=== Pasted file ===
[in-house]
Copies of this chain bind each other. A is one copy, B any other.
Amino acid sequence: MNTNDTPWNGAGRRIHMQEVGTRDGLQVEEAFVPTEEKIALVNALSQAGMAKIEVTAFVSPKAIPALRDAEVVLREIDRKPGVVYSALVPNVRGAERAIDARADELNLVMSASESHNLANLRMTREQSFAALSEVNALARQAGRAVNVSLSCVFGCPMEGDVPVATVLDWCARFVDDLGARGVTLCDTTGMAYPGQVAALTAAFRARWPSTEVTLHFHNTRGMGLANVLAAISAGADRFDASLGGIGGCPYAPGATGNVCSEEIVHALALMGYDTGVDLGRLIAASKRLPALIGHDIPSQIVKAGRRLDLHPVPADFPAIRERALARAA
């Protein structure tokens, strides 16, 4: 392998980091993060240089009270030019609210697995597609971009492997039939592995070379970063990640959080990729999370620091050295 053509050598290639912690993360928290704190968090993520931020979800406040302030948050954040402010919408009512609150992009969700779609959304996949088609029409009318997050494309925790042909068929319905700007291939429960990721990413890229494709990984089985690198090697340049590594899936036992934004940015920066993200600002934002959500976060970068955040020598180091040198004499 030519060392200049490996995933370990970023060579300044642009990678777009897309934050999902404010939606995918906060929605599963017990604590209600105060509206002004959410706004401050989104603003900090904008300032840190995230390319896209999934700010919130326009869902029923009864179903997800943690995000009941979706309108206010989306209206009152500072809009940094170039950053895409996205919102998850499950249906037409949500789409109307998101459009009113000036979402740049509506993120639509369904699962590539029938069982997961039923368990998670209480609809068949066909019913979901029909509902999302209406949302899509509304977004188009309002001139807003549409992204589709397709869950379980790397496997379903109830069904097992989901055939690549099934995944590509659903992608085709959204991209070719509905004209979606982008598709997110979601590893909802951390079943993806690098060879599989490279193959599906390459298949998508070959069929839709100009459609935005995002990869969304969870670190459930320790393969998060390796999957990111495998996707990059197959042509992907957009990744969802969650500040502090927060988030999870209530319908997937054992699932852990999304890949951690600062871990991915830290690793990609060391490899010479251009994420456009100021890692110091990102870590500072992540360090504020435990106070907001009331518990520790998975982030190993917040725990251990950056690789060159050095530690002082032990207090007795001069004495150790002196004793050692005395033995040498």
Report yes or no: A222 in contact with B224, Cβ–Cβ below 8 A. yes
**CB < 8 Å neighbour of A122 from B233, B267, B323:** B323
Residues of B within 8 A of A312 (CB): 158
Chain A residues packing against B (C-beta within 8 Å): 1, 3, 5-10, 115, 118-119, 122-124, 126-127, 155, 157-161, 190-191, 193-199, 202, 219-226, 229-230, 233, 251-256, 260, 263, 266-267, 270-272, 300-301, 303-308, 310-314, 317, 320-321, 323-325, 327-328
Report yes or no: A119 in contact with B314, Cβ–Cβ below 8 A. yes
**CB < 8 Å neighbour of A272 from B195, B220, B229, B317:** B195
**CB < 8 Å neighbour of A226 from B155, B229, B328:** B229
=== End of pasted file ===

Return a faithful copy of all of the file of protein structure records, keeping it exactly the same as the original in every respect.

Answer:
[in-house]
Copies of this chain bind each other. A is one copy, B any other.
Amino acid sequence: MNTNDTPWNGAGRRIHMQEVGTRDGLQVEEAFVPTEEKIALVNALSQAGMAKIEVTAFVSPKAIPALRDAEVVLREIDRKPGVVYSALVPNVRGAERAIDARADELNLVMSASESHNLANLRMTREQSFAALSEVNALARQAGRAVNVSLSCVFGCPMEGDVPVATVLDWCARFVDDLGARGVTLCDTTGMAYPGQVAALTAAFRARWPSTEVTLHFHNTRGMGLANVLAAISAGADRFDASLGGIGGCPYAPGATGNVCSEEIVHALALMGYDTGVDLGRLIAASKRLPALIGHDIPSQIVKAGRRLDLHPVPADFPAIRERALARAA
């Protein structure tokens, strides 16, 4: 392998980091993060240089009270030019609210697995597609971009492997039939592995070379970063990640959080990729999370620091050295 053509050598290639912690993360928290704190968090993520931020979800406040302030948050954040402010919408009512609150992009969700779609959304996949088609029409009318997050494309925790042909068929319905700007291939429960990721990413890229494709990984089985690198090697340049590594899936036992934004940015920066993200600002934002959500976060970068955040020598180091040198004499 030519060392200049490996995933370990970023060579300044642009990678777009897309934050999902404010939606995918906060929605599963017990604590209600105060509206002004959410706004401050989104603003900090904008300032840190995230390319896209999934700010919130326009869902029923009864179903997800943690995000009941979706309108206010989306209206009152500072809009940094170039950053895409996205919102998850499950249906037409949500789409109307998101459009009113000036979402740049509506993120639509369904699962590539029938069982997961039923368990998670209480609809068949066909019913979901029909509902999302209406949302899509509304977004188009309002001139807003549409992204589709397709869950379980790397496997379903109830069904097992989901055939690549099934995944590509659903992608085709959204991209070719509905004209979606982008598709997110979601590893909802951390079943993806690098060879599989490279193959599906390459298949998508070959069929839709100009459609935005995002990869969304969870670190459930320790393969998060390796999957990111495998996707990059197959042509992907957009990744969802969650500040502090927060988030999870209530319908997937054992699932852990999304890949951690600062871990991915830290690793990609060391490899010479251009994420456009100021890692110091990102870590500072992540360090504020435990106070907001009331518990520790998975982030190993917040725990251990950056690789060159050095530690002082032990207090007795001069004495150790002196004793050692005395033995040498």
Report yes or no: A222 in contact with B224, Cβ–Cβ below 8 A. yes
**CB < 8 Å neighbour of A122 from B233, B267, B323:** B323
Residues of B within 8 A of A312 (CB): 158
Chain A residues packing against B (C-beta within 8 Å): 1, 3, 5-10, 115, 118-119, 122-124, 126-127, 155, 157-161, 190-191, 193-199, 202, 219-226, 229-230, 233, 251-256, 260, 263, 266-267, 270-272, 300-301, 303-308, 310-314, 317, 320-321, 323-325, 327-328
Report yes or no: A119 in contact with B314, Cβ–Cβ below 8 A. yes
**CB < 8 Å neighbour of A272 from B195, B220, B229, B317:** B195
**CB < 8 Å neighbour of A226 from B155, B229, B328:** B229